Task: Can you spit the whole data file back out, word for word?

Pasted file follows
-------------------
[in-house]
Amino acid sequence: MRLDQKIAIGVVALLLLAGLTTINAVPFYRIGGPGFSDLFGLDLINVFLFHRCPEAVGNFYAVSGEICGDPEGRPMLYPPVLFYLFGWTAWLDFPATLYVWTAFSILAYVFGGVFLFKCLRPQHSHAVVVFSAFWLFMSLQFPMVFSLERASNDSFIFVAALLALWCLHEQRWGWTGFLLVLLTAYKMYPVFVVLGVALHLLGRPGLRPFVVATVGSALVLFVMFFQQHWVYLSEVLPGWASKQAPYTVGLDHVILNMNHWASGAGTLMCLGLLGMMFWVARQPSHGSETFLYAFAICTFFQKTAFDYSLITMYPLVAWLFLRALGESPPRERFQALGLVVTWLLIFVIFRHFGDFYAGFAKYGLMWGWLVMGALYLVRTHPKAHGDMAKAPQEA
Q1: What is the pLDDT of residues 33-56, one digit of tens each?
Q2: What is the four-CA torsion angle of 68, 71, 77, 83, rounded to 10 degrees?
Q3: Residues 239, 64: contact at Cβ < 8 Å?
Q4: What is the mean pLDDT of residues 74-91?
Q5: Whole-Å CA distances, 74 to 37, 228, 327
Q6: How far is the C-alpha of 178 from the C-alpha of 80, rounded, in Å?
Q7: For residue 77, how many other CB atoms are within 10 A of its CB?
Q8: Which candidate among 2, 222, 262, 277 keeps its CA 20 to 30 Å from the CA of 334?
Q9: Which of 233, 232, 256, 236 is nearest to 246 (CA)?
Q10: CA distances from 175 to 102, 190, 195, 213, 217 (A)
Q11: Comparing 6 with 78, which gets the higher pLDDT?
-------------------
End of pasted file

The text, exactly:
[in-house]
Amino acid sequence: MRLDQKIAIGVVALLLLAGLTTINAVPFYRIGGPGFSDLFGLDLINVFLFHRCPEAVGNFYAVSGEICGDPEGRPMLYPPVLFYLFGWTAWLDFPATLYVWTAFSILAYVFGGVFLFKCLRPQHSHAVVVFSAFWLFMSLQFPMVFSLERASNDSFIFVAALLALWCLHEQRWGWTGFLLVLLTAYKMYPVFVVLGVALHLLGRPGLRPFVVATVGSALVLFVMFFQQHWVYLSEVLPGWASKQAPYTVGLDHVILNMNHWASGAGTLMCLGLLGMMFWVARQPSHGSETFLYAFAICTFFQKTAFDYSLITMYPLVAWLFLRALGESPPRERFQALGLVVTWLLIFVIFRHFGDFYAGFAKYGLMWGWLVMGALYLVRTHPKAHGDMAKAPQEA
Q1: What is the pLDDT of residues 33-56, one digit of tens each?
Q2: What is the four-CA torsion angle of 68, 71, 77, 83, rounded to 10 degrees?
Q3: Residues 239, 64: contact at Cβ < 8 Å?
Q4: What is the mean pLDDT of residues 74-91?
Q5: Whole-Å CA distances, 74 to 37, 228, 327
Q6: How far is the C-alpha of 178 from the C-alpha of 80, rounded, in Å?
Q7: For residue 77, how many other CB atoms are within 10 A of its CB?
Q8: Which candidate among 2, 222, 262, 277 keeps its CA 20 to 30 Å from the CA of 334?
Q9: Which of 233, 232, 256, 236 is nearest to 246 (CA)?
Q10: CA distances from 175 to 102, 190, 195, 213, 217 (A)
Q11: Comparing 6 with 78, which gets the higher pLDDT?